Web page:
US jobless rate rises as growth moderates

The number of Americans filing new claims for unemployment benefits rose marginally last week, indicating the labour market remained on solid footing despite slowing economic growth.

Output has slowed in the first quarter, undercut by a harsh winter, a strong dollar, weaker overseas growth and a now-settled labour dispute at West Coast ports, mostly transitory factors that should fade by the second quarter.

The Federal Reserve on Wednesday acknowledged the moderation in growth, but maintained its upbeat view of the jobs market and signalled it was nearing an interest rate increase by dropping the reference to being “patient” from its so-called forward guidance.

Initial claims for unemployment benefits rose 1,000 to a seasonally-adjusted 291,000 for the week ended March 14, the Labor Department said yesterday. The increase was broadly in line with economists’ expectations.

Prices for US Treasuries dipped while the dollar widened its gains against the euro and yen after the data. US stock index futures were indicating a slightly weaker open.

Claims have bounced around for much of the winter as harsh weather caused a swing in filings. But through the volatility, the trend remained consistent with a strengthening jobs market.

The four-week moving average of claims, considered a better measure of labor market trends as it irons out week-to-week volatility, rose 2,250 to 304,750 last week.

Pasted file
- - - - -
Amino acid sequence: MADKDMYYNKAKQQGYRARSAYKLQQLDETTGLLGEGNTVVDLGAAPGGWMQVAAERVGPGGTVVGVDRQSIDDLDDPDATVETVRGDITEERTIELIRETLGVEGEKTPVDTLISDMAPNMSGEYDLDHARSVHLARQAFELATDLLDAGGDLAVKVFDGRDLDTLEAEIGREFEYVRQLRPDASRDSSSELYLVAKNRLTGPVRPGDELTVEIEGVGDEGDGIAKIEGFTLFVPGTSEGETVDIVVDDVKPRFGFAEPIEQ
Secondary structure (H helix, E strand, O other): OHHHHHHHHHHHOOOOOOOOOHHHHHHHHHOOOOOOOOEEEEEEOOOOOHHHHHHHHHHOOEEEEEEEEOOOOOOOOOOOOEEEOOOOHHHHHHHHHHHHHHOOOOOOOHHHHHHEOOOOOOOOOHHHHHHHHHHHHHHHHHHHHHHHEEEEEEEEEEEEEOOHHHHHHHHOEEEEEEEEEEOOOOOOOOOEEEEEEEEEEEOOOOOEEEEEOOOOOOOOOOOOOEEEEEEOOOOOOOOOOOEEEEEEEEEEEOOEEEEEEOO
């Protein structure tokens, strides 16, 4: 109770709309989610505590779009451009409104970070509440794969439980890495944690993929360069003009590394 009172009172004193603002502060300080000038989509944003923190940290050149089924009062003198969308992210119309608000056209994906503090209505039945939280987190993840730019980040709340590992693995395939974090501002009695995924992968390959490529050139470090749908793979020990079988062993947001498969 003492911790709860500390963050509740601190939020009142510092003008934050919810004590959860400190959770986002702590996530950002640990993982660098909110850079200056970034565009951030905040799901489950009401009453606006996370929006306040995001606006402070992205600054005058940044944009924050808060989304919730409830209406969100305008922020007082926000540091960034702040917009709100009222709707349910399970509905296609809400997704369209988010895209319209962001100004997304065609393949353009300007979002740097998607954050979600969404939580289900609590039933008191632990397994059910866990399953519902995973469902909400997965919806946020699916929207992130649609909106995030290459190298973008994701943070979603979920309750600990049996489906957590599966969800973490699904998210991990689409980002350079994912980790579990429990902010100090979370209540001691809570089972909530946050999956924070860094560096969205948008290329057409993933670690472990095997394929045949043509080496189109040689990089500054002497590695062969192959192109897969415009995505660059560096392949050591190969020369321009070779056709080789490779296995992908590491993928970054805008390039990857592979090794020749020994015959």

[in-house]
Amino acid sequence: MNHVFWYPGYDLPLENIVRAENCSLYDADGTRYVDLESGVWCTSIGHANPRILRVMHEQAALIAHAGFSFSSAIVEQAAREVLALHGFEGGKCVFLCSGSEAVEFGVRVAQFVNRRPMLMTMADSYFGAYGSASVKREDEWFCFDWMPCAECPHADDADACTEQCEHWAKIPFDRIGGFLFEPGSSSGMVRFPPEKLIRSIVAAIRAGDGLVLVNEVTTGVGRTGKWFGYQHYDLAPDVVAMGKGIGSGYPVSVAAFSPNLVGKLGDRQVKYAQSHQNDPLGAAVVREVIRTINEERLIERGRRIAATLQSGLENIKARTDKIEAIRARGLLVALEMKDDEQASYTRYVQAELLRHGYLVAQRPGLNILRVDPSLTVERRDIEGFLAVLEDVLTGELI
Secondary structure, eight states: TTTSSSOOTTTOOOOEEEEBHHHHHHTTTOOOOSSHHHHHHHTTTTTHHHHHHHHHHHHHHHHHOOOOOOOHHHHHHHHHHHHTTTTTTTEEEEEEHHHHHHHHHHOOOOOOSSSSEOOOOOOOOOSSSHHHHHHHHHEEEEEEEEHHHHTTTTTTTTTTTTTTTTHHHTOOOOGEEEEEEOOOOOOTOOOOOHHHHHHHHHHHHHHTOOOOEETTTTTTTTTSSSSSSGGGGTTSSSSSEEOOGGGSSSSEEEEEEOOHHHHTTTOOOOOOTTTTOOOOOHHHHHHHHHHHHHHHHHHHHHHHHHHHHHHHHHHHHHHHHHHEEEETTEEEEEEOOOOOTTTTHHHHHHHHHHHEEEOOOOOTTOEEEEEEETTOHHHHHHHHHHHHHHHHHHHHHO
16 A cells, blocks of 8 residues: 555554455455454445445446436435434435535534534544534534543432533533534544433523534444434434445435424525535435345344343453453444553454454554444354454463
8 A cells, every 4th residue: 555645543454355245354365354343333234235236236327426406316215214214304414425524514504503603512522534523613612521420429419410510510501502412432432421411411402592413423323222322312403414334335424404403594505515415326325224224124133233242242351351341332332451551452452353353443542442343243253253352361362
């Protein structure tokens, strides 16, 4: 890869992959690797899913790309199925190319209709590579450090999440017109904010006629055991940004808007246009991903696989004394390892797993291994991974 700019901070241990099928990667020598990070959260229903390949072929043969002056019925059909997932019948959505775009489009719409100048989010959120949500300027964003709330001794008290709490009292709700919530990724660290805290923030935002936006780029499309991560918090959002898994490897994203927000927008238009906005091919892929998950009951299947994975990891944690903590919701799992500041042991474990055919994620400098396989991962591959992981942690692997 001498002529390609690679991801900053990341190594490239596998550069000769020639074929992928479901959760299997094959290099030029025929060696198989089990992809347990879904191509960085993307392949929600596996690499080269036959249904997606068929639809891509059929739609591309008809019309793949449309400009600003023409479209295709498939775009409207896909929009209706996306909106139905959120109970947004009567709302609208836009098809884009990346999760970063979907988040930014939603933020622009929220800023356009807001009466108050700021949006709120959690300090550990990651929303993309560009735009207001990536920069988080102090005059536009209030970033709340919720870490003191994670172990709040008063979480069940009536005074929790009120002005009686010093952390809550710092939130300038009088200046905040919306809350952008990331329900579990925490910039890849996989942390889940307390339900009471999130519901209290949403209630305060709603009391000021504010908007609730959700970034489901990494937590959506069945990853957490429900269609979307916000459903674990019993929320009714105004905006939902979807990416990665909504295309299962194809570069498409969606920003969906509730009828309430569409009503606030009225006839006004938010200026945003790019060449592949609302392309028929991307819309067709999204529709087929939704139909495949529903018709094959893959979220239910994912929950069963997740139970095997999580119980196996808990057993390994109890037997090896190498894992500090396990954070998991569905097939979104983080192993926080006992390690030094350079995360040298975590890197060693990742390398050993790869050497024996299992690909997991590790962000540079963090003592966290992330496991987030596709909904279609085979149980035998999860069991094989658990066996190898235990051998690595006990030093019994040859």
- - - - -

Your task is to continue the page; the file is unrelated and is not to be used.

The claims data covered the period during which the government surveyed employers for the March nonfarm payrolls report. The four-week moving average of claims rose 21,750 between the February and March survey periods, suggesting payroll growth could ease a bit after last month’s robust gain.

The economy added 295,000 jobs in February, with the jobless rate falling to a more than 6 1/2-year low of 5.5%. February marked the 12th straight month that employment gains have been above 200,000, the longest such run since 1994.

The Fed said it would need to see “further improvement in the labor market” before tightening monetary policy.

Many economists believe the first rate hike since 2006 could come in June, though financial markets are pricing in a September move. The Fed has kept its short-term interest rate near zero since December of 2008.

In a separate report, the Commerce Department said the current account gap, which measures the flow of goods, services and investments into and out of the country, increased to $113.5bn from $98.9bn in the third quarter.

That was the largest shortfall since the second quarter of 2012.

The fourth-quarter current account deficit represented 2.6% of GDP, the highest since the fourth quarter of 2012.



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